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WaywardSquanderer

How crucial is iOS/ OS X experience?

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Macs are expensive. Installing OS X on a non-Apple machine is a pain in the arse for a noob.

I think it is fair to say that indie development is on the rise and part of that includes deploying a game to as many platforms as possible. While OS X has a small market share in the PC environment, iOS is a very popular mobile platform. So, is it enough for a game dev studio to see that a prospective hire has worked on Android and Windows Phone 7? Is OS X or iOS development different enough such that an employer wouldn't want to bother with a new hire's learning curve if they haven't worked with it before?

I'm having a bit of a dilemma here, as I am considering a purchase of an HP laptop with superior specs (except screen res and Thunderbolt port) and $900 cheaper than the high end MacBook Pro 15 in. I've looked into how to install OS X on the laptop and none of it is straight forward and much more hassle than I want to deal with at this point.

So would this $900 Apple taxed machine with inferior hardware be a worthy investment in my future, presuming that future is in game dev? While I would like to work in "AAA" development eventually, I'd rather be prepared for as many jobs as possible in game development.

I'm aware that I'm not including premium design features (aluminum body, high quality track pad, etc.) that Mac owners use to justify the price in this discussion. I believe that those things are luxuries that I don't need. I have no disdain for Apple products, and I do in fact want a Macbook Pro. I just can't justify spending that much money for OS X, a Thunderbolt connector and otherwise inferior specs. Unless of course it will give me a significant edge in a job interview...

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It depends on the studio. If they create iOS games then having experience in that area is a big plus (and you'll probably need a Mac to get this).

That being said, your skills as a developer, portfolio, and interview ability is what really matters, not what laptop you use.

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If you're going for a job specifically creating games for iOS then obviously a developer with actual iOS experience would be preferred over one without, but in the general case simply showing you have the ability to learn how to target different platforms should be sufficient assuming you are otherwise qualified (relevant degree, portfolio, ability to answer interview question, etc.).

Unless you're specifically interested in a studio that does a lot of iOS work I would go with the purchase you're more happy to make for now -- you can always pick up the hardware and experience for iOS development later. If you're just after a portfolio piece that runs on iOS hardware you could also consider targeting that platform with Flash -- not quite the same thing, but it may still give you a leg up over someone with no iOS-based portfolio piece, and shows you can take the hardware requirements into consideration and work with different tool-sets.

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is it enough for a game dev studio to see that a prospective hire has worked on Android and Windows Phone 7?

Not if the studio develops for Playstation3 or Nintendo.
Read FAQ 49.

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It depends on the studio. If they create iOS games then having experience in that area is a big plus (and you'll probably need a Mac to get this).

That being said, your skills as a developer, portfolio, and interview ability is what really matters, not what laptop you use.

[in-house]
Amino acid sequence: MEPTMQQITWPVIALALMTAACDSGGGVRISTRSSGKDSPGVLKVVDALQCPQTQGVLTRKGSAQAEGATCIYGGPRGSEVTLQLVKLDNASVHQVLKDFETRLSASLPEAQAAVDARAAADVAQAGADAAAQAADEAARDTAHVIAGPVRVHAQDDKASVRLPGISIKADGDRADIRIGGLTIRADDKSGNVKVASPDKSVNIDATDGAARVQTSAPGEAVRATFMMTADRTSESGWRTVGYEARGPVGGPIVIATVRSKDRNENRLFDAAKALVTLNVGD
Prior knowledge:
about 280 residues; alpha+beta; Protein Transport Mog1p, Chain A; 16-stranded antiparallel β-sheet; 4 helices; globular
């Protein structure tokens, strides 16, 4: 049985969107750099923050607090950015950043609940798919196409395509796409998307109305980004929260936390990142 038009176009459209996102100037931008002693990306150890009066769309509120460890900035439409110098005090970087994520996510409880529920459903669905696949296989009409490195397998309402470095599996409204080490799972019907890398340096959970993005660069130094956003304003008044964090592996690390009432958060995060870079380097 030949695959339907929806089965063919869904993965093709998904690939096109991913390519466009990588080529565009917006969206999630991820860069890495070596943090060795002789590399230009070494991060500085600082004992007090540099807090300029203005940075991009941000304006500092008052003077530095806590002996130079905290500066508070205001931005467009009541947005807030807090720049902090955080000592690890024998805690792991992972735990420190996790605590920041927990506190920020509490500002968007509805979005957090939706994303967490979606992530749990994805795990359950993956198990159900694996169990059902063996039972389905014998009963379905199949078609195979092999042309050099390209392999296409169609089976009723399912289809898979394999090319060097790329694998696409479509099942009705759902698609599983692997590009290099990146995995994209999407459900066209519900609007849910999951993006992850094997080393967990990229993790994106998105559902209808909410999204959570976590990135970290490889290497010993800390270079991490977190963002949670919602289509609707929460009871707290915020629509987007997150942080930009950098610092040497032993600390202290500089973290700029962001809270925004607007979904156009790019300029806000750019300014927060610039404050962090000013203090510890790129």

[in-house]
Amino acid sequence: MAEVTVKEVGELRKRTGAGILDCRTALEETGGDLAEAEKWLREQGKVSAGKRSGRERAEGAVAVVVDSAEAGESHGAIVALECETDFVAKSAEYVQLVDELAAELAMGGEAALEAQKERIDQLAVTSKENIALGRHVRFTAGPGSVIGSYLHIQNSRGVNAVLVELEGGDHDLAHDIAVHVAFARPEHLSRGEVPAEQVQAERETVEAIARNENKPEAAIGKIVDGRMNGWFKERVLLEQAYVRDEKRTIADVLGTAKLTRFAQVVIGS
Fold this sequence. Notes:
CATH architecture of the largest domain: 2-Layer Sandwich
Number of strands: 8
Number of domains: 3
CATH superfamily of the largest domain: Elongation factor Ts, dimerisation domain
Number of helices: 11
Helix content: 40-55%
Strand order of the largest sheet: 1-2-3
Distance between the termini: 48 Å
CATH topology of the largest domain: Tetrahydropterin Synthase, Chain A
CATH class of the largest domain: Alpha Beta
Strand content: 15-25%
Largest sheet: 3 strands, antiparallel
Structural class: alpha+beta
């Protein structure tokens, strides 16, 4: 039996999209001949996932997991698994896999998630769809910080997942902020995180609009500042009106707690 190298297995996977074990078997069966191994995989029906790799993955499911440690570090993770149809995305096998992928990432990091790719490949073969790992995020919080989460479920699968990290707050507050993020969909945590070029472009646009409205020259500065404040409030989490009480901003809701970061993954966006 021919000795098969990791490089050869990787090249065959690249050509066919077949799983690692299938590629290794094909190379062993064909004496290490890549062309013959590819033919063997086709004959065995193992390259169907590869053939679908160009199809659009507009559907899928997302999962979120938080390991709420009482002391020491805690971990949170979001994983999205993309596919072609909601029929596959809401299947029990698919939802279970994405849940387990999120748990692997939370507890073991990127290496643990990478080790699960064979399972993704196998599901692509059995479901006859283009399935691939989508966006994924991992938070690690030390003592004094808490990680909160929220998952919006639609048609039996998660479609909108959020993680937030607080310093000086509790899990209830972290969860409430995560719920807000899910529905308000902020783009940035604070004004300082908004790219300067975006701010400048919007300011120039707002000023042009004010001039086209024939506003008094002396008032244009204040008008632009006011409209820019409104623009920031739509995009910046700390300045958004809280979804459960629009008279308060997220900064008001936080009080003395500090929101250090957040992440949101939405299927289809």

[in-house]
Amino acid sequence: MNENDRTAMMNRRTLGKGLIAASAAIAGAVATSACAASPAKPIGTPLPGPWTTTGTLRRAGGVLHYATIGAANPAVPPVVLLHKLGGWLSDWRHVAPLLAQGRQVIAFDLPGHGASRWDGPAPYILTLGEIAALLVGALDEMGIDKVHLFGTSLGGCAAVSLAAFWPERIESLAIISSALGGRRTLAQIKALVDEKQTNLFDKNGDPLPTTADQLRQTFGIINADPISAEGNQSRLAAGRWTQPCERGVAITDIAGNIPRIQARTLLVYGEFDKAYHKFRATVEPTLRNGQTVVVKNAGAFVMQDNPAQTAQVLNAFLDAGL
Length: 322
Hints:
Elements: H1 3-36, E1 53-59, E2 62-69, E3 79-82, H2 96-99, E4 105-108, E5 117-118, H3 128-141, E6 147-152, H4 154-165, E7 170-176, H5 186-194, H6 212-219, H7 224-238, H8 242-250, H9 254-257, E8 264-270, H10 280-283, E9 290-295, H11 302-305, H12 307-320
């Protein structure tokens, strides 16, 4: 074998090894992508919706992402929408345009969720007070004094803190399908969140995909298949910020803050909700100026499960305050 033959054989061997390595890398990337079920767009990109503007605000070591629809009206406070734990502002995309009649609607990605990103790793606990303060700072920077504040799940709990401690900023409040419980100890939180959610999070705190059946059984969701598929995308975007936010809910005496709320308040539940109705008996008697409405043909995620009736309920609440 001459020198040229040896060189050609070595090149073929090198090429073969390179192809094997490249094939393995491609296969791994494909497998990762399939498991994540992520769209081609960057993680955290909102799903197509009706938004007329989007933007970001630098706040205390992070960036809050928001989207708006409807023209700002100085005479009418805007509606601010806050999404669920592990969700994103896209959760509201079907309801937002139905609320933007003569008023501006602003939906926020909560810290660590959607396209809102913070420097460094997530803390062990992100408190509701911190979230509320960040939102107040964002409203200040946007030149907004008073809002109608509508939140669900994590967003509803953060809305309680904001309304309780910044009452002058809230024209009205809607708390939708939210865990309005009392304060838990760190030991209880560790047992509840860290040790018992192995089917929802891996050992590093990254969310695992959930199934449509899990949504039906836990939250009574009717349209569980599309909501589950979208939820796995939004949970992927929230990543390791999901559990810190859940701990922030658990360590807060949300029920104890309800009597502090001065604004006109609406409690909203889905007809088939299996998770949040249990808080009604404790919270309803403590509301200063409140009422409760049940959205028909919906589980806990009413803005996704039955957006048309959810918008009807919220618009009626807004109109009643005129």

Thank you for your well stated point. I suppose iOS is more crucial for a dev studio that works exclusively with iOS, though I wonder if such a place exists. As well, I will attempt to install the Mac OS X on a non-Mac machine and/or virtually.


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If you're going for a job specifically creating games for iOS then obviously a developer with actual iOS experience would be preferred over one without, but in the general case simply showing you have the ability to learn how to target different platforms should be sufficient assuming you are otherwise qualified (relevant degree, portfolio, ability to answer interview question, etc.).

Unless you're specifically interested in a studio that does a lot of iOS work I would go with the purchase you're more happy to make for now -- you can always pick up the hardware and experience for iOS development later. If you're just after a portfolio piece that runs on iOS hardware you could also consider targeting that platform with Flash -- not quite the same thing, but it may still give you a leg up over someone with no iOS-based portfolio piece, and shows you can take the hardware requirements into consideration and work with different tool-sets.



I think I will also do some research on the Unity3D engine, as it seems that it is designed to aid in multi-platform deployment.

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[quote name='WaywardSquanderer' timestamp='1306350894' post='4815722']is it enough for a game dev studio to see that a prospective hire has worked on Android and Windows Phone 7?

Not if the studio develops for Playstation3 or Nintendo.
Read FAQ 49.
[/quote]

Mr. Sloper, evidently I must apologize for a poorly worded ( or "dumb" as stated in your blog) question. In retrospect, what I had intended to ask was whether not having iOS experience (while having WP7 and Android experience) would be cause for a mobile game developer to discount my resume or job inquiry. An even better question would be to ask "How significant is the difference among developing for iOS v. WP7/Android?" Is the learning curve steep? Is it so steep that a prospective employer would rather not spend time allowing someone to train or learn the environment?

Also, I failed to specify that the original question was referencing mobile game devs. I can see how this would be confusing as I'd stated that I also hope to eventually participate in "AAA" development. I'd like to point out that I hate using the phrase "AAA" as it seems to imply that mobile games are not serious undertakings, which I know is generally not the case. I believe that there are valuable gameplay experiences that can be had from PCs, consoles, mobile platforms and web browsers. I am just trying to plan ahead to take into consideration the trend (anecdotal or not) of the industry moving towards smaller teams working on smaller projects.